“Compared to English club cricket, with playing a game over two weekends, winning feels much more special.
“I’d say the standard is generally better than in England because the bowlers are quicker and more accurate spinners. You get a lot of pros playing as well.
“I got the verbals a couple of times through being from England at the start of an innings but generally they were quite nice to me!
“I look upon the whole winter as really helpful for my development. To go and experience new things was really helpful for my game after five winters indoors and just from my personal development point of view.”
Cox was delighted when awarded his rookie professional contract at New Road.
He said: “To get that contract was an amazing moment. I’ve been at Worcestershire since the age of 10 and have always aspired to be a professional cricketer.
“I found out from Elliot Wilson (Academy Coach) during my last week at school, and it was quite a weird experience because I was in the middle of a game.
“But I just felt really fortunate and lucky to be given the opportunity. I was so pleased for Rehaan as well as we’d been at school together since the age of 14, and it was a nice moment when we both signed.
“We’d done a lot together and also played in centre midfield together at hockey.
“Did it give me extra confidence for playing abroad? I guess it came with an extra pressure when I was in Australia because I was the only player in the team playing cricket professionally.
“I’ve always had big aspirations to play first class cricket. When I was younger, it was a big driver for me, and this is what I wanted to do and I’m incredibly grateful to have the opportunity now.
“I started at 10 and worked my way up through the age groups, the EPP, Academy and Seconds.
“It is just about putting in performances for the second team, and I guess the rest will take care of itself. But I’d love to play for Worcestershire at some point.”
Cox made his Seconds debut in 2021, top-scoring with 41 on his debut against Leicestershire in a four-day game at Stourport, and says the standard is a big step up to come to terms with.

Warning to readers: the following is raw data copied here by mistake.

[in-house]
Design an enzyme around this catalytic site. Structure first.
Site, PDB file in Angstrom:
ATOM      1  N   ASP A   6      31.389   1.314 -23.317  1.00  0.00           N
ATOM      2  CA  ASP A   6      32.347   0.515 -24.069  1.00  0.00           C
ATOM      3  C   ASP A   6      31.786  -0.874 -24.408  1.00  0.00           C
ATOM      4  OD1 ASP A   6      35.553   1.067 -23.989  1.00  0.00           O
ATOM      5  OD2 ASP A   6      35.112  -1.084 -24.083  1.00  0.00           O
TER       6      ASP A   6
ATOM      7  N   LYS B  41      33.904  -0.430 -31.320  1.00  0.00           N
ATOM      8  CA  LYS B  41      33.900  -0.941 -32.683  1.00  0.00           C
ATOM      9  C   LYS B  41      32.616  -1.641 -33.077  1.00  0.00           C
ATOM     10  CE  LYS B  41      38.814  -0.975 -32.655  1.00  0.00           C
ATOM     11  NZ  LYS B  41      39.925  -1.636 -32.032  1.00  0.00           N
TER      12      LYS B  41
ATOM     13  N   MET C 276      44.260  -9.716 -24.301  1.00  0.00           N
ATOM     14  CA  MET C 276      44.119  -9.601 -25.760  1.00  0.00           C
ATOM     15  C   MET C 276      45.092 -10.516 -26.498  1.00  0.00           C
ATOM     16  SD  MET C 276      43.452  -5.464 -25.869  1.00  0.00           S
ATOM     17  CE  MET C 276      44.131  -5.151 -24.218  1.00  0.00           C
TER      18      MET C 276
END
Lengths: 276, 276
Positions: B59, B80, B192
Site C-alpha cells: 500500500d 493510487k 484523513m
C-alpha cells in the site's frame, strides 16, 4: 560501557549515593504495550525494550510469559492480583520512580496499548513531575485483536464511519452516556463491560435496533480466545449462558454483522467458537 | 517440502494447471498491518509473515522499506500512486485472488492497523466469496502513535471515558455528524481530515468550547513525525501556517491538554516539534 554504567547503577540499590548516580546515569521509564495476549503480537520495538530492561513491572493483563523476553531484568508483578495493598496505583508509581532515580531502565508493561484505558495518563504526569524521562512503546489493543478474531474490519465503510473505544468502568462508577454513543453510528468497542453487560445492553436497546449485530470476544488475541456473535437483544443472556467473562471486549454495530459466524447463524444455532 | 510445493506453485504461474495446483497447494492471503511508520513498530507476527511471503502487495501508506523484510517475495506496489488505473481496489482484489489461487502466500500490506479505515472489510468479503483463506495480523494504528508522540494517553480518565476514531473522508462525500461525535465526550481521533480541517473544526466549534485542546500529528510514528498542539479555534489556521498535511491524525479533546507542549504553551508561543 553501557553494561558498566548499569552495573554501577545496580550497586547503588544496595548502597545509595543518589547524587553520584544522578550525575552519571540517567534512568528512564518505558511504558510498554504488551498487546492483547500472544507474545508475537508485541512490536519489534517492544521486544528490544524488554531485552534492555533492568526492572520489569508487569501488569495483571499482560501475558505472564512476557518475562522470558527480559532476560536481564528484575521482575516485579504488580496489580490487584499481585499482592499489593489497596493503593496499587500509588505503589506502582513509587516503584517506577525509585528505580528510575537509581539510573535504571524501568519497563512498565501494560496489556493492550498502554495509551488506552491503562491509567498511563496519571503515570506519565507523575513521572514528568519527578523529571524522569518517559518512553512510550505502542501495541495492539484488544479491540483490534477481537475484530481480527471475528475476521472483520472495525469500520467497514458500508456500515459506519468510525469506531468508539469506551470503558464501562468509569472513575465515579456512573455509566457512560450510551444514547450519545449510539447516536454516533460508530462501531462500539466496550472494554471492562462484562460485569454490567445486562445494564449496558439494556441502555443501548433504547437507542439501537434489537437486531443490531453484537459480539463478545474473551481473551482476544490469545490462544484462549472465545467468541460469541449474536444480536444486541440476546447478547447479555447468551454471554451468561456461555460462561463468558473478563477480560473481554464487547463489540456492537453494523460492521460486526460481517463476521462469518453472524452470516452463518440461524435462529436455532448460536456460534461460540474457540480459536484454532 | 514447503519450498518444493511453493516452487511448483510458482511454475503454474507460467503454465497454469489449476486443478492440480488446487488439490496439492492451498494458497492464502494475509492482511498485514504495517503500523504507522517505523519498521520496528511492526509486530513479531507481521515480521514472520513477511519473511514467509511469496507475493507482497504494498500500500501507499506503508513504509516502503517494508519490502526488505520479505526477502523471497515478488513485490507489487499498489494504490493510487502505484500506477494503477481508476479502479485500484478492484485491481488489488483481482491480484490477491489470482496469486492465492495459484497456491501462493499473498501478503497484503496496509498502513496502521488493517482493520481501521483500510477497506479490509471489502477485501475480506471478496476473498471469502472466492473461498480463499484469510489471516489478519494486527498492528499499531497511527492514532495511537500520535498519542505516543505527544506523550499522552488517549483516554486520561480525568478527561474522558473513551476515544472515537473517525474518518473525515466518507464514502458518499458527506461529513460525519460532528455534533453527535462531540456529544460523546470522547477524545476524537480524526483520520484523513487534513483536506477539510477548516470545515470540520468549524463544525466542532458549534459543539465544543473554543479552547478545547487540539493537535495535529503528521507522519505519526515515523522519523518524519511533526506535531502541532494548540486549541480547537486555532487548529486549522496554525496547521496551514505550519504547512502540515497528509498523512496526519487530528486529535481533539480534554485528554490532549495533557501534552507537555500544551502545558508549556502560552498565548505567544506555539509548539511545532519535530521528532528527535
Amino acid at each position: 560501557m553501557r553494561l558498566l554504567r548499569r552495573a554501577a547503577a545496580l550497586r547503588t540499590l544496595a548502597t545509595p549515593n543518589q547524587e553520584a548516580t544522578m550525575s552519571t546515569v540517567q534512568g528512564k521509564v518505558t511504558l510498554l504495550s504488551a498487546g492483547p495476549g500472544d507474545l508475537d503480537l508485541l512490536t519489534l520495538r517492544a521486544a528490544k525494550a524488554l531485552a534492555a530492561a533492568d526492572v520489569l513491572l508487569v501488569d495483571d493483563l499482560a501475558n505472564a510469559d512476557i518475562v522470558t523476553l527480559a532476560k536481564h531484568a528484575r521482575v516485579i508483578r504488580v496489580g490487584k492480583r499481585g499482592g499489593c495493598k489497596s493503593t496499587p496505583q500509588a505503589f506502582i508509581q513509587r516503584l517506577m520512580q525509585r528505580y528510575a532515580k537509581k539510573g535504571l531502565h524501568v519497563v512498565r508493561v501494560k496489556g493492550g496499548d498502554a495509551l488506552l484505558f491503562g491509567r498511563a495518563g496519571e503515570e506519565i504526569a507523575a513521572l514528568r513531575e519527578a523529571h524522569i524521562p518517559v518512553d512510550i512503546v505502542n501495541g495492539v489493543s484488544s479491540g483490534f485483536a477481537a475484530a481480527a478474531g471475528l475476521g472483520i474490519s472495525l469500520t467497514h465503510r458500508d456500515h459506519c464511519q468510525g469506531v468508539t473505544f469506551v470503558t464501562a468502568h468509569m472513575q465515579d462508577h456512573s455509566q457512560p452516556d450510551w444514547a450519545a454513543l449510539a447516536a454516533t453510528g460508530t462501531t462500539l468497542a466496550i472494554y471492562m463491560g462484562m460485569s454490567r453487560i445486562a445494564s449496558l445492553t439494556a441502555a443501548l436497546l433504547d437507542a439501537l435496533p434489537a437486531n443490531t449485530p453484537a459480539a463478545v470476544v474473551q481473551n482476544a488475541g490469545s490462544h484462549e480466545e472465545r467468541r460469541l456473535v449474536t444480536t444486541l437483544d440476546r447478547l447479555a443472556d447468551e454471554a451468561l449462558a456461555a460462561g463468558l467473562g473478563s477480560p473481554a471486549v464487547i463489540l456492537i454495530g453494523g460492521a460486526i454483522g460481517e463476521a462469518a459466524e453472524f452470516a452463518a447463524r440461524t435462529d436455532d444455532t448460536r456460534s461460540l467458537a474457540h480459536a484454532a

He said: “Certainly, the pace and bounce of the bowlers was definitely different, and a big level up to be playing with professional cricketers.
“To field the whole day of the fourth day on my debut was mentally very draining, and something I’m having to improve on because the physical demands are very high.
“But also mentally, to be able to cope for that long is certainly challenging, but it’s what you have to adjust to.”
Cox, whose father played for Surrey Under-19s, has been delighted to be involved in day-to-day training since Christmas with his Worcestershire teammates.
He said: “It’s great. Last year I was at school and working for my A-levels, and now, to be able to train full-time every day, and put all my attention towards cricket, has been really good and something I always wanted to do. Really just trying to make the most of the opportunity.”
Cox, whose cricketing heroes when growing up were Joe Root and Ian Bell, owes a debt to former Head Coach Kevin Sharp for his assistance when working with the Academy.
He said: “Kevin Sharp was really good for me, not necessarily with the technique but with the mental side of the game.
“I had lots of good chats with him, and also Elliot (Wilson), and all the Academy coaches. I owe a lot to them.
Cox, who was born in Ontario, says cricket was not at the forefront of his mind whilst based with his family in Canada.
He said: “My family were living over there to work. There was certainly no cricket I knew of back then. It was ice hockey and basketball.
“I’m glad I came to England early to get straight into the cricket system. Came back over here with my family at the age of six and moved to Worcester when I was about ten.
“I’ve got a Canadian passport and am eligible to play for them and England – but England is the main goal for one day in the future.”